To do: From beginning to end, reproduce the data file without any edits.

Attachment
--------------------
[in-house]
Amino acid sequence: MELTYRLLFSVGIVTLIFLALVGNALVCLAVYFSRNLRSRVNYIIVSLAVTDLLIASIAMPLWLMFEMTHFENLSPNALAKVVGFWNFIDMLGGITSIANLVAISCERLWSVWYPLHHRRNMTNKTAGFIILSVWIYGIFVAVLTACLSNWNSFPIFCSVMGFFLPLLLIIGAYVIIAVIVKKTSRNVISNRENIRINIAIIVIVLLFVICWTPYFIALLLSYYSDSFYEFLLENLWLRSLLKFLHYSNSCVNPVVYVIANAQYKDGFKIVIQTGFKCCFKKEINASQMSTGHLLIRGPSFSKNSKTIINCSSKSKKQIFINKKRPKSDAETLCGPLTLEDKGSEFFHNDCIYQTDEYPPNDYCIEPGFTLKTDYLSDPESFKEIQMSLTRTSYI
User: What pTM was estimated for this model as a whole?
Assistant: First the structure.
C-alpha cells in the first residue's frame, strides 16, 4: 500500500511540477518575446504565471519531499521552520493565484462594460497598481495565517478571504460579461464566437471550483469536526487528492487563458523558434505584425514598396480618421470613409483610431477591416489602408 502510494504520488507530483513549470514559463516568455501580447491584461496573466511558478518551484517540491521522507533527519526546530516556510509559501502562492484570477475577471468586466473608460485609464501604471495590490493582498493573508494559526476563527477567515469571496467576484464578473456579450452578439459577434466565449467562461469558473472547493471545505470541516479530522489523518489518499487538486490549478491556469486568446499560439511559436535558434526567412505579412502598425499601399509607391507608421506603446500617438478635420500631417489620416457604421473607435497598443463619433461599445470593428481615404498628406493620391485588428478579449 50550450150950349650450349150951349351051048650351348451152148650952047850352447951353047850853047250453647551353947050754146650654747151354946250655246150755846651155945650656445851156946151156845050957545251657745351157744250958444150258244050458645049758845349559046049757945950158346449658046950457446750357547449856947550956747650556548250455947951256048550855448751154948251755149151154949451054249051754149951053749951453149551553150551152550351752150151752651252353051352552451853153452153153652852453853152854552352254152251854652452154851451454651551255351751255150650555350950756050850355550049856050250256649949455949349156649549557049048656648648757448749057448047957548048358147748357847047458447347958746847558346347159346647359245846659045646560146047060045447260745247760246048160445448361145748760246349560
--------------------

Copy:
[in-house]
Amino acid sequence: MELTYRLLFSVGIVTLIFLALVGNALVCLAVYFSRNLRSRVNYIIVSLAVTDLLIASIAMPLWLMFEMTHFENLSPNALAKVVGFWNFIDMLGGITSIANLVAISCERLWSVWYPLHHRRNMTNKTAGFIILSVWIYGIFVAVLTACLSNWNSFPIFCSVMGFFLPLLLIIGAYVIIAVIVKKTSRNVISNRENIRINIAIIVIVLLFVICWTPYFIALLLSYYSDSFYEFLLENLWLRSLLKFLHYSNSCVNPVVYVIANAQYKDGFKIVIQTGFKCCFKKEINASQMSTGHLLIRGPSFSKNSKTIINCSSKSKKQIFINKKRPKSDAETLCGPLTLEDKGSEFFHNDCIYQTDEYPPNDYCIEPGFTLKTDYLSDPESFKEIQMSLTRTSYI
User: What pTM was estimated for this model as a whole?
Assistant: First the structure.
C-alpha cells in the first residue's frame, strides 16, 4: 500500500511540477518575446504565471519531499521552520493565484462594460497598481495565517478571504460579461464566437471550483469536526487528492487563458523558434505584425514598396480618421470613409483610431477591416489602408 502510494504520488507530483513549470514559463516568455501580447491584461496573466511558478518551484517540491521522507533527519526546530516556510509559501502562492484570477475577471468586466473608460485609464501604471495590490493582498493573508494559526476563527477567515469571496467576484464578473456579450452578439459577434466565449467562461469558473472547493471545505470541516479530522489523518489518499487538486490549478491556469486568446499560439511559436535558434526567412505579412502598425499601399509607391507608421506603446500617438478635420500631417489620416457604421473607435497598443463619433461599445470593428481615404498628406493620391485588428478579449 50550450150950349650450349150951349351051048650351348451152148650952047850352447951353047850853047250453647551353947050754146650654747151354946250655246150755846651155945650656445851156946151156845050957545251657745351157744250958444150258244050458645049758845349559046049757945950158346449658046950457446750357547449856947550956747650556548250455947951256048550855448751154948251755149151154949451054249051754149951053749951453149551553150551152550351752150151752651252353051352552451853153452153153652852453853152854552352254152251854652452154851451454651551255351751255150650555350950756050850355550049856050250256649949455949349156649549557049048656648648757448749057448047957548048358147748357847047458447347958746847558346347159346647359245846659045646560146047060045447260745247760246048160445448361145748760246349560